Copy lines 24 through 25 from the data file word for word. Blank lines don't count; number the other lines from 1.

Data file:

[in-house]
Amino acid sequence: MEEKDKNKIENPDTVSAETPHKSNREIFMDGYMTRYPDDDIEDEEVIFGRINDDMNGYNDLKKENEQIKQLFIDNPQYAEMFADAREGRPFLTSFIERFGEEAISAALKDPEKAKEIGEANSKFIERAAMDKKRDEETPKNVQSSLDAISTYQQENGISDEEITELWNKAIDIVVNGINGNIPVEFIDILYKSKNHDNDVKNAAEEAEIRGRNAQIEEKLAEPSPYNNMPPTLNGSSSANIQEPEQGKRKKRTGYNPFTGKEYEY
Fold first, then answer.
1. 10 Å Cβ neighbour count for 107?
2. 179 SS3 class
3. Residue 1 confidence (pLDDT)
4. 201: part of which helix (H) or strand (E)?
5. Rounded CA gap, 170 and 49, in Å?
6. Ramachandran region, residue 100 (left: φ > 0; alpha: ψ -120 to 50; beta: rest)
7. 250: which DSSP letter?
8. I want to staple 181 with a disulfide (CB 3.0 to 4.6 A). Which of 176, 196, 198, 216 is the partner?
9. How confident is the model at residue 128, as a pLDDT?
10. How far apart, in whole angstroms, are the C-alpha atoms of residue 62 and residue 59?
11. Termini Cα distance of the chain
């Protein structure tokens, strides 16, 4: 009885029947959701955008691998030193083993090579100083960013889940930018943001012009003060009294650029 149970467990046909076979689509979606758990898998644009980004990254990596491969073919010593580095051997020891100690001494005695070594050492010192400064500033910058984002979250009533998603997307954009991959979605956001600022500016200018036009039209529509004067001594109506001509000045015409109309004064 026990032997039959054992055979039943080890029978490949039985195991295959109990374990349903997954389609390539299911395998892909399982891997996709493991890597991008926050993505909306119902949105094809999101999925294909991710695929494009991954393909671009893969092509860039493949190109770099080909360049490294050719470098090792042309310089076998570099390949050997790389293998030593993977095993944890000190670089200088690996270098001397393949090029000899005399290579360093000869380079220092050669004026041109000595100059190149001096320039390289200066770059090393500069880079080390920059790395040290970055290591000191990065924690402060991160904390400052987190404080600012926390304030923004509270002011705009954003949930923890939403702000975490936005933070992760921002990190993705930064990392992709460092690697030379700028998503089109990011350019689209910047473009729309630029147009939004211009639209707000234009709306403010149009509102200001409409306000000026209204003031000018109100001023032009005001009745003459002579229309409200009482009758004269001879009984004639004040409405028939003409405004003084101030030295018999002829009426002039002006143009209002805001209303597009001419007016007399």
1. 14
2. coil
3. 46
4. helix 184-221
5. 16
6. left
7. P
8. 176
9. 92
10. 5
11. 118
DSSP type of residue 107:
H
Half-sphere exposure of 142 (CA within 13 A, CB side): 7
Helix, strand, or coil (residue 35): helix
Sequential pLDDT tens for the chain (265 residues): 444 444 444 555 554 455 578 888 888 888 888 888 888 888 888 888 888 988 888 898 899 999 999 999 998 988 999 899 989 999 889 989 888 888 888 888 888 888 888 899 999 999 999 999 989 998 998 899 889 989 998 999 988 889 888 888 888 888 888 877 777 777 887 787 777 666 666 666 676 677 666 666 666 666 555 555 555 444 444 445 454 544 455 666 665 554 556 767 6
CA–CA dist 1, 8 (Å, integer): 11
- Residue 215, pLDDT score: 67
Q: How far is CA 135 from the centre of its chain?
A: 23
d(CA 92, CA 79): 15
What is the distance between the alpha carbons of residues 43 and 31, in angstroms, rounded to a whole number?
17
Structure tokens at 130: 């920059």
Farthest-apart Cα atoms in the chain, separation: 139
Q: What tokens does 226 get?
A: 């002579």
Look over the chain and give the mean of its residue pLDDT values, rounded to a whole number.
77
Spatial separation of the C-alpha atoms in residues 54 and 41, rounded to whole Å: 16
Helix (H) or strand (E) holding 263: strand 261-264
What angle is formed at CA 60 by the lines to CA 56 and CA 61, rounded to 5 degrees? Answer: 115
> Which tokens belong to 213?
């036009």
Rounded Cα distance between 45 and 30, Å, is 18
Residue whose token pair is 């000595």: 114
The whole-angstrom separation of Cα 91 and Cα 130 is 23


9. 92
10. 5